Is this viral? I received a strange book...
November 12, 2008 1:46 PM   Subscribe

Is this viral? I got a strange book unexpectedly in the mail.

I got a book in the mail yesterday. It came from Sweden, with sufficient postage. It was in a white envelope, with my name and work address written by hand in pen. On the envelope, there was also a note that said "Will tell you more when I return!" Inside was a white volume, hardback, called "Being or Nothingness", with the well known picture by Escher on the cover of two hands recursively drawing each other. The author is given as "Joe K". There is also a sticker that says "Warning! Please study the letter to Professor Hofstadter before you read the book. Good Luck!".

Inside the front cover is, indeed, a neatly typed letter to Doug Hofstadter, with the right Bloomington address etc. It is dated Nov 9, 2006. It relates to what is presumably a prior acquaintance between the letter writer and Hofstadter. The letter is signed "The Writer". I'd reproduce the whole letter, as this is getting interesting at this stage, but then I'd have to do the same for the whole book, because it is an interesting little text, quite incoherent in an artistic way, that mingles themes from Hofstadter's Strange Loop, Douglas Adams, and Sir Arthur Conan Doyle. The text is vaguely related to some christian themes, but also to recursion and the meaning of life.

Now, I have no idea who sent this, nor can I imagine anyone I know in Sweden doing so (although this is the second time I have received mysterious mail from Sweden. The first time did turn out to be personal).

So I search on the internet and find only one clear reference to this book:

Clearly, he received something very similar, with the same message written by hand on the envelope.

If this is viral marketing, WTF? it is certainly elaborate, hugely planned, and quite expensive. Pic here.

Disclaimer: I actually know Doug Hofstadter slightly from my student days. I have expressed admiration for his writing occasionally on the internet, but not published anything big that mentioned him or anything.

What do you think?
posted by fcummins to Grab Bag (40 answers total) 71 users marked this as a favorite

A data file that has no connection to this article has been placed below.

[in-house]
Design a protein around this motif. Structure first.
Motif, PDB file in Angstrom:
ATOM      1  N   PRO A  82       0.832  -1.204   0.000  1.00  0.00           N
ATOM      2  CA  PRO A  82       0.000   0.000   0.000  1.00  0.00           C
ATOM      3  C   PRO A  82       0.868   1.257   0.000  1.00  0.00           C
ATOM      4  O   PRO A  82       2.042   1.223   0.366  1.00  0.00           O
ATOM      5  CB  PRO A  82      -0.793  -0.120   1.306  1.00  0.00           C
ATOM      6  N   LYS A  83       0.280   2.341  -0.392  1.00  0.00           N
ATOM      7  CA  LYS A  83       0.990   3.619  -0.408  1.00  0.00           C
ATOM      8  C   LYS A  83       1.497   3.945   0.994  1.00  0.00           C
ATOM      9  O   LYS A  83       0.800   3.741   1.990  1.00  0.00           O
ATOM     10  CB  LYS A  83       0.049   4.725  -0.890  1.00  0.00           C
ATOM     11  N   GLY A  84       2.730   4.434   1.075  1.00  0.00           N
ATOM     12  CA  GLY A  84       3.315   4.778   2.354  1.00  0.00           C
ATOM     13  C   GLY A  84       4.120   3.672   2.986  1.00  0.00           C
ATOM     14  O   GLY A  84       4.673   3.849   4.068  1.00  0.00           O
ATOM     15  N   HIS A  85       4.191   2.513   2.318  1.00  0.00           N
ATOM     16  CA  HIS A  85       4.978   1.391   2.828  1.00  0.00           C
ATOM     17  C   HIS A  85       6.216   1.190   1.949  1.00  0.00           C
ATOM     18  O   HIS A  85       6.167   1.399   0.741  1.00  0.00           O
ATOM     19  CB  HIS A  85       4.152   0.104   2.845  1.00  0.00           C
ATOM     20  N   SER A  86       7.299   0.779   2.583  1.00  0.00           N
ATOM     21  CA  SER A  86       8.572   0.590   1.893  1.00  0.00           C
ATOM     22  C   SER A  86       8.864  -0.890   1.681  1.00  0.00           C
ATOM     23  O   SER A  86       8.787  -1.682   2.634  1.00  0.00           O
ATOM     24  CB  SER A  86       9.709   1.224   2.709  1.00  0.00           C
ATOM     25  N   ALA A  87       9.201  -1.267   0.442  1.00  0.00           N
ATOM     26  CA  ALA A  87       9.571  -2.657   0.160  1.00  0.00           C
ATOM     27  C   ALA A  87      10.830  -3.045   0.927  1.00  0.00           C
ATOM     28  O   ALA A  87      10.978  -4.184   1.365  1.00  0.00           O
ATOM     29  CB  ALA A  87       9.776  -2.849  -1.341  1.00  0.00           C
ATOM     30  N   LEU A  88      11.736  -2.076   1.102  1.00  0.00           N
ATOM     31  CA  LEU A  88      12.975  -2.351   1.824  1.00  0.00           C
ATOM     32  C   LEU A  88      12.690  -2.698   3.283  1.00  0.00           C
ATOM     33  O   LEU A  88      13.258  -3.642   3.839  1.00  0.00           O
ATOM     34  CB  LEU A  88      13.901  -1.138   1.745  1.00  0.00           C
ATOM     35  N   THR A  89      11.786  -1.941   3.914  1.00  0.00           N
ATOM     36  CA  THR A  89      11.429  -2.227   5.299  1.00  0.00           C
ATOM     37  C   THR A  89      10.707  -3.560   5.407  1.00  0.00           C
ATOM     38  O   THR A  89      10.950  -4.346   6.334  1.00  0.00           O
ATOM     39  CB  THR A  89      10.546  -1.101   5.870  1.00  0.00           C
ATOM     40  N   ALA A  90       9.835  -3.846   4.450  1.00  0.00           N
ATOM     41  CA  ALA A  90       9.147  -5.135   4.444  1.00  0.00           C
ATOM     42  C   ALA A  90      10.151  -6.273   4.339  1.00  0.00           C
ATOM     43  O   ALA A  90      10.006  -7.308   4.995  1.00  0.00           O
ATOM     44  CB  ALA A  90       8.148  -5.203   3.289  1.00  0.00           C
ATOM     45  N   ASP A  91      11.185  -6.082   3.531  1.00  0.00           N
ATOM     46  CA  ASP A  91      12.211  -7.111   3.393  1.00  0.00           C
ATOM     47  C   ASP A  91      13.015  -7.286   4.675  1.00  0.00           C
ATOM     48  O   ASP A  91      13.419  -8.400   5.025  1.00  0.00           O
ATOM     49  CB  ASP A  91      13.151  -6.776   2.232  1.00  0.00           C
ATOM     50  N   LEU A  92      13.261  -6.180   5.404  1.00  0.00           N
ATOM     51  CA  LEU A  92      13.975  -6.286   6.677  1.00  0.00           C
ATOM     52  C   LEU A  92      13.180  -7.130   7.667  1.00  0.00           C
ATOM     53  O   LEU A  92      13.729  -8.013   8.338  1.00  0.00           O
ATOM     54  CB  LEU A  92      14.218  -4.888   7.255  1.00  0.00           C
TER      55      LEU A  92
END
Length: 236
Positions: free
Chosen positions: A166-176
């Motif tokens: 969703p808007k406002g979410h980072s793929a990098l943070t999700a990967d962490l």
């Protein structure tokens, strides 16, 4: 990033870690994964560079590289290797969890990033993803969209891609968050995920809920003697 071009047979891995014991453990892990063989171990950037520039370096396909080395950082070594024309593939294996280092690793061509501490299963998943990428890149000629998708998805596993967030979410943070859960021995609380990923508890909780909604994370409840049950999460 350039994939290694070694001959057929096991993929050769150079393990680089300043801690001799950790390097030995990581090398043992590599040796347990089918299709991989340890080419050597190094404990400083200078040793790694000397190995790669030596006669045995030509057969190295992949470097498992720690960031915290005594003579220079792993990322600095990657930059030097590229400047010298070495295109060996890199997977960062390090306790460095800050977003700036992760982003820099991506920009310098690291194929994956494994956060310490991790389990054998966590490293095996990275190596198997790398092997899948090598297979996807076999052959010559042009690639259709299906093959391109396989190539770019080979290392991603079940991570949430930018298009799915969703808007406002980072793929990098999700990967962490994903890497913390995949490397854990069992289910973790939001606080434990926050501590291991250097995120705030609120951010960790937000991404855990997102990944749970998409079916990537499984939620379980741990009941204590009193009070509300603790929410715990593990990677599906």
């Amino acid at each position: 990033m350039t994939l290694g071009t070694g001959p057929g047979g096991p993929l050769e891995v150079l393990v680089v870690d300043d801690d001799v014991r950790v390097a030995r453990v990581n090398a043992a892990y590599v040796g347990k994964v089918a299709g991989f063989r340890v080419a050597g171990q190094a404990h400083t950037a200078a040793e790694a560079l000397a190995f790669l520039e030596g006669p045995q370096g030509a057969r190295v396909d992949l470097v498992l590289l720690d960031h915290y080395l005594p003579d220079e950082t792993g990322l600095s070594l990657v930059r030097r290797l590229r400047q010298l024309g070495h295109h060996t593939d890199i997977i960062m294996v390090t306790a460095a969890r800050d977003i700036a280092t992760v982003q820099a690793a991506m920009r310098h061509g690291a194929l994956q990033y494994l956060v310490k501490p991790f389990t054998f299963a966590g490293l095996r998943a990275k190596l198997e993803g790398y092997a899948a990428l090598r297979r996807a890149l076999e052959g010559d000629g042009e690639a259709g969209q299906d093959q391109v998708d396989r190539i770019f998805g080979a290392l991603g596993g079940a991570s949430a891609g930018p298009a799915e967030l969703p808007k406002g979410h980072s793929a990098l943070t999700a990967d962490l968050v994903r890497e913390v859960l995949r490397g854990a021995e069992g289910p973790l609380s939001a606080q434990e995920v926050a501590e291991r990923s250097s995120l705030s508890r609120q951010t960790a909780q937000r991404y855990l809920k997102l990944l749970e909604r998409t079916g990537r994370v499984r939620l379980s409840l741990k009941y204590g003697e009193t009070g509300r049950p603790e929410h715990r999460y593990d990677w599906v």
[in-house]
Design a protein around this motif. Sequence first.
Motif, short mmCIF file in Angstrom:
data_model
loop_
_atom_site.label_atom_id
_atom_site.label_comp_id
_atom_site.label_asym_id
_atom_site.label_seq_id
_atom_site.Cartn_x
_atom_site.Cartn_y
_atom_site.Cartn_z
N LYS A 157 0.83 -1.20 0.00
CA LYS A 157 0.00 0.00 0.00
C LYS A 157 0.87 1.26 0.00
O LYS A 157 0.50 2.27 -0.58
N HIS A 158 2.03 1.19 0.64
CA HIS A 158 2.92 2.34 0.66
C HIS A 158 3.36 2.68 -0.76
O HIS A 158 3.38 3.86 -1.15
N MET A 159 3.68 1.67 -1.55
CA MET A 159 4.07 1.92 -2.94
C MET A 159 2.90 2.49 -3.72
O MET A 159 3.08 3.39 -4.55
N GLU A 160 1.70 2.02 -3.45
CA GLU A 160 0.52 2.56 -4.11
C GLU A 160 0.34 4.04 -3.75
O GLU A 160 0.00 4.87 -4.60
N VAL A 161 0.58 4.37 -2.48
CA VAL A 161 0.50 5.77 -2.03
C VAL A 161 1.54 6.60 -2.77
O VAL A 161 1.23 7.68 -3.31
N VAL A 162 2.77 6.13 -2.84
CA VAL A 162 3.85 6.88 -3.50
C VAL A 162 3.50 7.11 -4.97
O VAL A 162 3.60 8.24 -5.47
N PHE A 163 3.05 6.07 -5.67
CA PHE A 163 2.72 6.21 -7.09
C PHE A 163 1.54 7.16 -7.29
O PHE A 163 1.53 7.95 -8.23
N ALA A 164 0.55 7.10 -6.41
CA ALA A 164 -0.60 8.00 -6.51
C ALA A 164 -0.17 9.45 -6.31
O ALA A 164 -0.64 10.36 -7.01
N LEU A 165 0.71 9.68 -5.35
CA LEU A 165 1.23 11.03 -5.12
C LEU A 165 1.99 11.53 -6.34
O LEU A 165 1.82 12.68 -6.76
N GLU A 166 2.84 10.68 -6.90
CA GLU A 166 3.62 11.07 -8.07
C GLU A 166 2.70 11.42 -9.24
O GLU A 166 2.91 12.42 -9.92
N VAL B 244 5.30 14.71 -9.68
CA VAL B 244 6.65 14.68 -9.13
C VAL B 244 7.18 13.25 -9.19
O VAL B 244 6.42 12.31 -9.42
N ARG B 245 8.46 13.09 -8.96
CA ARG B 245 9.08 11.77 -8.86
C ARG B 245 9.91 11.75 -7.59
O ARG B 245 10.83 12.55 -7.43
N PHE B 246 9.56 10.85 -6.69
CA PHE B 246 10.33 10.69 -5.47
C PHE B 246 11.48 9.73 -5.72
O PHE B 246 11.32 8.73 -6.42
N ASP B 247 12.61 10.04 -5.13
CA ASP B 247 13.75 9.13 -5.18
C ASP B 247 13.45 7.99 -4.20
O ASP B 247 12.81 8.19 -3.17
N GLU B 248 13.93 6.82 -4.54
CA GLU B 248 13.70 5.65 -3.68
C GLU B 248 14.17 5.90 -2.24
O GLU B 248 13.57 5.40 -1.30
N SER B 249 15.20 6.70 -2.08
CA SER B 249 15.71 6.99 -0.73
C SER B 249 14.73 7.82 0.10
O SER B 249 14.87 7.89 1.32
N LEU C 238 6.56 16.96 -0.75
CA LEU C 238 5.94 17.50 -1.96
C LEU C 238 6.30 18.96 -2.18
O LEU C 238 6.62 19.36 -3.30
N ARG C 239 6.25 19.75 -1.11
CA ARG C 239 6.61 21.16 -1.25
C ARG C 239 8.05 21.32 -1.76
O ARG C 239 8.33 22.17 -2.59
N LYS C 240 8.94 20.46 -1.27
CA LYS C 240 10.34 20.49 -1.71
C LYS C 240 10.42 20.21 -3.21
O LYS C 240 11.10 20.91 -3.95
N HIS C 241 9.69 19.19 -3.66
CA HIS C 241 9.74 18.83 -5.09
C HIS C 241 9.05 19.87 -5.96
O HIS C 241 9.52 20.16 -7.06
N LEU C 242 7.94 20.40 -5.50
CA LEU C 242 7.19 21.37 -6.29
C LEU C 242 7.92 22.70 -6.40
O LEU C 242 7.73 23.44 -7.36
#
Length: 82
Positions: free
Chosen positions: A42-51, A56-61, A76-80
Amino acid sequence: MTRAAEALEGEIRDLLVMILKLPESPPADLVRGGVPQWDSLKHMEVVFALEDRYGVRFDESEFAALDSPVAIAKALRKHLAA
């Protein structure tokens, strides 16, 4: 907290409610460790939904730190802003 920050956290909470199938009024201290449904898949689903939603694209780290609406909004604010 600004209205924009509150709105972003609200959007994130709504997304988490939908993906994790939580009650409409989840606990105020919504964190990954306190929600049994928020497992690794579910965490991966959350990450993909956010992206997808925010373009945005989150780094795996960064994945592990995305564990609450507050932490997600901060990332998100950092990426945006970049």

It seems obvious to me that "Joe K" is a reference to Josef K in The Trial.

Seems like others have received it as well.
posted by grouse at 1:58 PM on November 12, 2008

Just to add to the references involved:
Being and Nothingness is Sartre's seminal work on Existentialism
"Josef K" is the main character of Kafka's The Trial

Both authors are highly critical of religion and other institutions, so this may be an attempt to leech intellectual credibility for the mystery book.
posted by cowbellemoo at 1:59 PM on November 12, 2008

Response by poster: Interestingly, yes, it would be too much of a pain. I guess I'm not a good vector for this meme. But that's surely sufficient description to find out what kind of thing this is...
posted by fcummins at 1:59 PM on November 12, 2008

The expensiveness factor rules out the viral theory, unless the campaign is counting on their carefully-selected targets to ponder about the mysterious book online.

Why don't you ask Hofstadter (and if you get a response, please report back!)? Seems like the kind of thing he'd appreciate.
posted by Beardman at 2:01 PM on November 12, 2008

Why don't you ask Hofstadter?

...That isn't to say I'm assuming the letter is real. But if they went to trouble of finding his correct address and sending it to someone who (presumably non-coincidentally) knows him, then it's possible that they're the sort to also have been in contact with D.H. What kind of contact, who knows. Maybe they sent him some random mysterious shit too.
posted by Beardman at 2:04 PM on November 12, 2008

Response by poster: I knew of the Kafka and Sartre references, and I know the Kafka, and its not a big part of the "plot". I don't know the Sartre. Perhaps I am becoming a vector, because I am willing to work this much to discuss it. So I'll quote a bit:

He got up and went to the bookshelf, the mouse slowly following him. B reached for Goedel, Escher, Bach, a book by Hofstadter where these issues are discussed. Unfortunately the book next to it was knocked over and fell straight towards the mouse.

posted by fcummins at 2:05 PM on November 12, 2008

Is there something about who you are or what you do that would make you a good vector for viral marketing, if that's what this is?
posted by RustyBrooks at 2:06 PM on November 12, 2008

Response by poster: It has crossed my mind that this might be an exercise in applied memetics, with Doug Hofstadter behind it all. But then, I'm a dreamer:)
posted by fcummins at 2:06 PM on November 12, 2008

Response by poster: RustyB. I'm not sure. I'm a philosophically minded cognitive scientist, but not well known at all. Yet, looking at the amazon reviews, and this discussion, it appears that it is succeeding in getting people to peel it apart collectively. That's surprising. Now I'm really wondering if DH isn't behind this. I don't think I'll ask: our acquaintance is slight. But I might if it persists. I cant follow this for a few days. I'll report back on Monday.
posted by fcummins at 2:10 PM on November 12, 2008

Response by poster: I might, Burhan., (but I would grumble about being a slave to the meme if I did:), but I'm off traveling for a few days, and don't have the opportunity.
posted by fcummins at 2:11 PM on November 12, 2008

Response by poster: A lot of the structure is based on 7 days of creation, with pages headed "the {first|second...|seventh} day after I stopped writing the book". Days 4 and 5 have no more in them than an injunction to read pertinent sections of the old/new testament.

There is a bit of a nutty (to my jaundiced eye) faux-Christian tone to it that does not sound like DH at all.
posted by fcummins at 2:20 PM on November 12, 2008

This sounds like the launching of an ARG.
posted by 517 at 2:21 PM on November 12, 2008 [1 favorite]